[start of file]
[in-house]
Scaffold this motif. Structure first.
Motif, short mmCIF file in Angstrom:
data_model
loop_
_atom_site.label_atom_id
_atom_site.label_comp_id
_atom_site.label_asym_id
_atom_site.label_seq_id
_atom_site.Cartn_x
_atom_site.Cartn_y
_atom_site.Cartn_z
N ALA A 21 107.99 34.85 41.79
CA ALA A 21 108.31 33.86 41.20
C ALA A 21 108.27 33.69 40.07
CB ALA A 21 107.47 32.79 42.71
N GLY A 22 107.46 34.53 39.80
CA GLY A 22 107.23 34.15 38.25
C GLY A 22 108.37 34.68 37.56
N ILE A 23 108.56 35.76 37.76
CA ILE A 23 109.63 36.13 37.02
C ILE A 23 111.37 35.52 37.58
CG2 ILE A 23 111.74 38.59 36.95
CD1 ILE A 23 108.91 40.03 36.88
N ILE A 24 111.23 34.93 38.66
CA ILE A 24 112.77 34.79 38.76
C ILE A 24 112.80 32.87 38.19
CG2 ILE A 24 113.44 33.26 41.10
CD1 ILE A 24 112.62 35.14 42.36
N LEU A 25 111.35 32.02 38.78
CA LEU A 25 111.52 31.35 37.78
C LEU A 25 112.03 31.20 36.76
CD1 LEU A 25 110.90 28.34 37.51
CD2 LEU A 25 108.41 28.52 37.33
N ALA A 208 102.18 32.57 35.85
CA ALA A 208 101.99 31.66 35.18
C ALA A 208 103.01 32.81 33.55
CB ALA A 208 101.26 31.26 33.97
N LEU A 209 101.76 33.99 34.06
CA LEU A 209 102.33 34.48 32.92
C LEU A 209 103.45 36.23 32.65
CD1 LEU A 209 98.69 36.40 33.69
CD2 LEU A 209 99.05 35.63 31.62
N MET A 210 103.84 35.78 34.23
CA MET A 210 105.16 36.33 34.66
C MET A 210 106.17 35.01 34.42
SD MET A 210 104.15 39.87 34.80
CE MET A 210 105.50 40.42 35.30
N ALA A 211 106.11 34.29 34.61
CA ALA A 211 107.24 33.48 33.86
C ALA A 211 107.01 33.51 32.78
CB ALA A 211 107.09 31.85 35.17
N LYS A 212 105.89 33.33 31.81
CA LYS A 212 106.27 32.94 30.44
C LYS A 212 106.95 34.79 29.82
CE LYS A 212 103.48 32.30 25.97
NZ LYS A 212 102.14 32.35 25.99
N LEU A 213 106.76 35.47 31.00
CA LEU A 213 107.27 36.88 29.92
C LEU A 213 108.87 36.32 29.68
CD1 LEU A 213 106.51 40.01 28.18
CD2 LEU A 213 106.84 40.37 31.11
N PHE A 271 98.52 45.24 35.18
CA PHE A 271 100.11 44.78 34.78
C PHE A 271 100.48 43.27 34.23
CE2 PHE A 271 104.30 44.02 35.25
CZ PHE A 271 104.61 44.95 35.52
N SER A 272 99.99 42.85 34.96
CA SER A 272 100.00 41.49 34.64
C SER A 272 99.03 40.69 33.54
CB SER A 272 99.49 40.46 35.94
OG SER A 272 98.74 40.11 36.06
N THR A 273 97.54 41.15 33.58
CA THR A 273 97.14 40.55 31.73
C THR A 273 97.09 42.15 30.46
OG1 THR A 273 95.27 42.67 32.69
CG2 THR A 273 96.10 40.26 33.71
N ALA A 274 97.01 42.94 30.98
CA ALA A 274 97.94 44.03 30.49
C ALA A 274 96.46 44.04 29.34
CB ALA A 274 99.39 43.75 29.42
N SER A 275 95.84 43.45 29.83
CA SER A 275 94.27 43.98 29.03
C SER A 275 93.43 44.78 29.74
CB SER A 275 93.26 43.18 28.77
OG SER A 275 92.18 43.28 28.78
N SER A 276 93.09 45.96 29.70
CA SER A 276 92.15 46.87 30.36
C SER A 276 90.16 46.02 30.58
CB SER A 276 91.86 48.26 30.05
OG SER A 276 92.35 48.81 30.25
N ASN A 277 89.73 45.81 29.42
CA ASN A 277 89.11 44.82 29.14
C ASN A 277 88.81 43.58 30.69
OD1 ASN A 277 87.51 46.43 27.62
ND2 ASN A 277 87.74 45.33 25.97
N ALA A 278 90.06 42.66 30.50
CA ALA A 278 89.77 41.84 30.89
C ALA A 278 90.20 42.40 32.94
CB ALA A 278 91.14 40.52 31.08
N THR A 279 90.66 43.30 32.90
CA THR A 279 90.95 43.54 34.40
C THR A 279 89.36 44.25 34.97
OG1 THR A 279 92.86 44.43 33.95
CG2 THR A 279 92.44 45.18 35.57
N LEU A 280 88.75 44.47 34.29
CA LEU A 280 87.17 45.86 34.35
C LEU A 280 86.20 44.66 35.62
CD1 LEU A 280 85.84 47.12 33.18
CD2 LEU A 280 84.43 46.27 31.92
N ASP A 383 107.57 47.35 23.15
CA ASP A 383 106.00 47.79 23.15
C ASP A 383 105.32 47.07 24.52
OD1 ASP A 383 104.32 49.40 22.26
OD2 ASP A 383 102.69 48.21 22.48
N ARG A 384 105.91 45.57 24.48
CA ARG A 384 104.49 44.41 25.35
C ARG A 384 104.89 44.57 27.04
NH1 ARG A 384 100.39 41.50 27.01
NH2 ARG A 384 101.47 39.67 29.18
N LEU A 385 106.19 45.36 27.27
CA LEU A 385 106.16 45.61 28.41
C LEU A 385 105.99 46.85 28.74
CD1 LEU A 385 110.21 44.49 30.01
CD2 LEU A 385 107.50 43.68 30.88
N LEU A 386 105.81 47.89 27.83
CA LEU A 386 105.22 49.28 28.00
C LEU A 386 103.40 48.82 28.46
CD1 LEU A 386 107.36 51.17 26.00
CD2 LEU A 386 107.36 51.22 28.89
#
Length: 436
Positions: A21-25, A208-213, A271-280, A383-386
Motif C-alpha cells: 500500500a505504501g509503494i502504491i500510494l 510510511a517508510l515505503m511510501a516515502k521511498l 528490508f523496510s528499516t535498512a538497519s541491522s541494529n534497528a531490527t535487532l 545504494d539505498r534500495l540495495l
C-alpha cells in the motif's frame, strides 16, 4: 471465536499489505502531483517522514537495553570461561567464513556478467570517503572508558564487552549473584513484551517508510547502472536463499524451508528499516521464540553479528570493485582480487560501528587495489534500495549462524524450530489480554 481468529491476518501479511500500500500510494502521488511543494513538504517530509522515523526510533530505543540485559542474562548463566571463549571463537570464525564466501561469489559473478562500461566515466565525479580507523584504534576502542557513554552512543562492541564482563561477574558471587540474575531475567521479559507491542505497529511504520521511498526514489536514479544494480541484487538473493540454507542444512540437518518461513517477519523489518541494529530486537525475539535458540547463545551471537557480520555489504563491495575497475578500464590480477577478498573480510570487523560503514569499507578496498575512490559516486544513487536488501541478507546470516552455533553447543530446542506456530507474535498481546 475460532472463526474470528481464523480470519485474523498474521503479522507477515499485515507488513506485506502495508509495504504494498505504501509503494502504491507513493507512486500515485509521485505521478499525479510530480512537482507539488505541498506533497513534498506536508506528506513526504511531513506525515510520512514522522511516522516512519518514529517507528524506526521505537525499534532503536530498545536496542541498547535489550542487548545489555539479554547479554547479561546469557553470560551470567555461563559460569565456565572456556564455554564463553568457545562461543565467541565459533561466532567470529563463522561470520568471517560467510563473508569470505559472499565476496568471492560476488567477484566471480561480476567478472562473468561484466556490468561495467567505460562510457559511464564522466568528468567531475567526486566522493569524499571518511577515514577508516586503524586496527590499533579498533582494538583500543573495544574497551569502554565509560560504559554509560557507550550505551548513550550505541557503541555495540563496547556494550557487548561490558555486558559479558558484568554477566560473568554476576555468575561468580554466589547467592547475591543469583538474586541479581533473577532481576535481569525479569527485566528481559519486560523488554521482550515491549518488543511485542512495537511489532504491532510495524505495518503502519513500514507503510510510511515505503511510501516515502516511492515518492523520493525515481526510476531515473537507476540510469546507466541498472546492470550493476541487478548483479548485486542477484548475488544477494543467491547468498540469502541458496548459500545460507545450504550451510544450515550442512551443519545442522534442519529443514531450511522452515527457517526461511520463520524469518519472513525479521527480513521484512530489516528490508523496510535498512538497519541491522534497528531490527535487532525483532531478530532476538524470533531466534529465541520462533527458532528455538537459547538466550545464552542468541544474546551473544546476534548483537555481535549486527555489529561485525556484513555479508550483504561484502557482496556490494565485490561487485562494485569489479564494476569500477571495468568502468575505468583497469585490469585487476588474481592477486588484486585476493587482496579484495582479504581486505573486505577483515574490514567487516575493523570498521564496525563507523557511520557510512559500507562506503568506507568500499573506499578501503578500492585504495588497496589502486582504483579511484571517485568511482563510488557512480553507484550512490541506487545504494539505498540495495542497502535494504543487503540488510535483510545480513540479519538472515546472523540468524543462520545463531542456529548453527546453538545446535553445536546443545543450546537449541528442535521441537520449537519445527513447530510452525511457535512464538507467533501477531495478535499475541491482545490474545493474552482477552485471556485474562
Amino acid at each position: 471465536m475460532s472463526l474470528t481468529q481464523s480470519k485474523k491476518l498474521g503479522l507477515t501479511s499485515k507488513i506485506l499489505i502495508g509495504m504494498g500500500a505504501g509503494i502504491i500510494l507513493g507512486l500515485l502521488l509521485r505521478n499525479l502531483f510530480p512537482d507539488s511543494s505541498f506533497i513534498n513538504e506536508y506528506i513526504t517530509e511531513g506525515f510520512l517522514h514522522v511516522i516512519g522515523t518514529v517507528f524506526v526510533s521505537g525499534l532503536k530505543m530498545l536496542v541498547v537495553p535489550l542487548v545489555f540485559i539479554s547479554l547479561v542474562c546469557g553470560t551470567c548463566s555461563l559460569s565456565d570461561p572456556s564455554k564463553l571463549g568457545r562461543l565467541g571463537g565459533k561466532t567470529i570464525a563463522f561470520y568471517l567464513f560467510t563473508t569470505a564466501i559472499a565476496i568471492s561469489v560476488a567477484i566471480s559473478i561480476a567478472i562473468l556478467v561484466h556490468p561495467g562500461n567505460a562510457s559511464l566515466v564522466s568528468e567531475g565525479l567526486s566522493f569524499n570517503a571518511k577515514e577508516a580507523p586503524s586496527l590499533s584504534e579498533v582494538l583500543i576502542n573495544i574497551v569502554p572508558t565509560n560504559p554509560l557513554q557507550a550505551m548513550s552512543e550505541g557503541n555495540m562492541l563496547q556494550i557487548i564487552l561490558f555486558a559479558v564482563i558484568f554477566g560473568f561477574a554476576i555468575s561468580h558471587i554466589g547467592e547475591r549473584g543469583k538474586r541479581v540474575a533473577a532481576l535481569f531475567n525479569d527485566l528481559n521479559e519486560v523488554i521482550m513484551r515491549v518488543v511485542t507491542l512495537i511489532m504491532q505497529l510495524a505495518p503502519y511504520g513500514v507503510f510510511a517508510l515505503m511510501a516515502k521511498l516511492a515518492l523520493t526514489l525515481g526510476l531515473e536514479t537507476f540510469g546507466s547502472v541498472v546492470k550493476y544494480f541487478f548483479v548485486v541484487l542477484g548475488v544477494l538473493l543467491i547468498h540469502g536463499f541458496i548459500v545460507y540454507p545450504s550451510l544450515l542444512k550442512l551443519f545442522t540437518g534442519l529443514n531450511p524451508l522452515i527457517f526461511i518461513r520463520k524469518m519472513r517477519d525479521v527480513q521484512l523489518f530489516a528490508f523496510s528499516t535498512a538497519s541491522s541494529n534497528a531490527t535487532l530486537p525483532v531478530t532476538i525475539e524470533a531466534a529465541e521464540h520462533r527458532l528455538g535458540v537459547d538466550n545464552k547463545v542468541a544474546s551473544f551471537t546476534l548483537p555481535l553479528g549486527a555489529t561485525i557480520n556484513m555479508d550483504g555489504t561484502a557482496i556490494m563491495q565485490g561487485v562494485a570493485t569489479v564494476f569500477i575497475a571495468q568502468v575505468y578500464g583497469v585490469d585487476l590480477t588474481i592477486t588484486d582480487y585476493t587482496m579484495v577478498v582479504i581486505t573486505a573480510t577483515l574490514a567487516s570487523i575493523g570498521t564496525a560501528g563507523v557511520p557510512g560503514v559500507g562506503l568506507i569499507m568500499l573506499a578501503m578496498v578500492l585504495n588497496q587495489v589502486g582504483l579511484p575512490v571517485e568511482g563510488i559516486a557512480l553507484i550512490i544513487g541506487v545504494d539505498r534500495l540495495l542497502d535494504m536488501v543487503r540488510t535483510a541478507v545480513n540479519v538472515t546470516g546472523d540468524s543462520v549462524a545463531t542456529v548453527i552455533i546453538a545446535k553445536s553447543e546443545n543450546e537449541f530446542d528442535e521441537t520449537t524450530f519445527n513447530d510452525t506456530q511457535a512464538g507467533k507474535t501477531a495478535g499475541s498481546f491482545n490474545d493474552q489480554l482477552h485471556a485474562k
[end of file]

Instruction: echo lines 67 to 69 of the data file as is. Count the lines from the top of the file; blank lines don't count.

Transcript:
CZ PHE A 271 104.61 44.95 35.52
N SER A 272 99.99 42.85 34.96
CA SER A 272 100.00 41.49 34.64